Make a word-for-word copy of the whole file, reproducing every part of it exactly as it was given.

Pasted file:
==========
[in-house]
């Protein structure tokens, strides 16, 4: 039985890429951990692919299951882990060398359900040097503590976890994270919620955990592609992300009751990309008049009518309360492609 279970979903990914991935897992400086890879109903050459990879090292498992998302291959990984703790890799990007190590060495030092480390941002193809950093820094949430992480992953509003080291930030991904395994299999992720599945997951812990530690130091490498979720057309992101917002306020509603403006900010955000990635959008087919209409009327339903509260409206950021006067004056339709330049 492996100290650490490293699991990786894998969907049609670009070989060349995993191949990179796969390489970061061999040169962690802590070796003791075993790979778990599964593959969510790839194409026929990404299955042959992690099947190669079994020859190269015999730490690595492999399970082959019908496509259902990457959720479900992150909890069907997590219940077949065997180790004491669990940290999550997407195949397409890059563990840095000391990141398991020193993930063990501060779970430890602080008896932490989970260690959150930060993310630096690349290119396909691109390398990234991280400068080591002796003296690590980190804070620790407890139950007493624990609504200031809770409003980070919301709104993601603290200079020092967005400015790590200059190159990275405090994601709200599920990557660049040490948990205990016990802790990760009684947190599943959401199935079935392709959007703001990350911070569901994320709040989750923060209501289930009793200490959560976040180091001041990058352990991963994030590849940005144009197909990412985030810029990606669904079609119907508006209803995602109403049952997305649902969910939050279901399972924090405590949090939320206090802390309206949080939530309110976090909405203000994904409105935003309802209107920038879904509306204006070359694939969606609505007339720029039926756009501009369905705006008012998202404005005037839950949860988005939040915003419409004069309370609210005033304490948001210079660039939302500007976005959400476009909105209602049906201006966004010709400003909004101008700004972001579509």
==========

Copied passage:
[in-house]
């Protein structure tokens, strides 16, 4: 039985890429951990692919299951882990060398359900040097503590976890994270919620955990592609992300009751990309008049009518309360492609 279970979903990914991935897992400086890879109903050459990879090292498992998302291959990984703790890799990007190590060495030092480390941002193809950093820094949430992480992953509003080291930030991904395994299999992720599945997951812990530690130091490498979720057309992101917002306020509603403006900010955000990635959008087919209409009327339903509260409206950021006067004056339709330049 492996100290650490490293699991990786894998969907049609670009070989060349995993191949990179796969390489970061061999040169962690802590070796003791075993790979778990599964593959969510790839194409026929990404299955042959992690099947190669079994020859190269015999730490690595492999399970082959019908496509259902990457959720479900992150909890069907997590219940077949065997180790004491669990940290999550997407195949397409890059563990840095000391990141398991020193993930063990501060779970430890602080008896932490989970260690959150930060993310630096690349290119396909691109390398990234991280400068080591002796003296690590980190804070620790407890139950007493624990609504200031809770409003980070919301709104993601603290200079020092967005400015790590200059190159990275405090994601709200599920990557660049040490948990205990016990802790990760009684947190599943959401199935079935392709959007703001990350911070569901994320709040989750923060209501289930009793200490959560976040180091001041990058352990991963994030590849940005144009197909990412985030810029990606669904079609119907508006209803995602109403049952997305649902969910939050279901399972924090405590949090939320206090802390309206949080939530309110976090909405203000994904409105935003309802209107920038879904509306204006070359694939969606609505007339720029039926756009501009369905705006008012998202404005005037839950949860988005939040915003419409004069309370609210005033304490948001210079660039939302500007976005959400476009909105209602049906201006966004010709400003909004101008700004972001579509």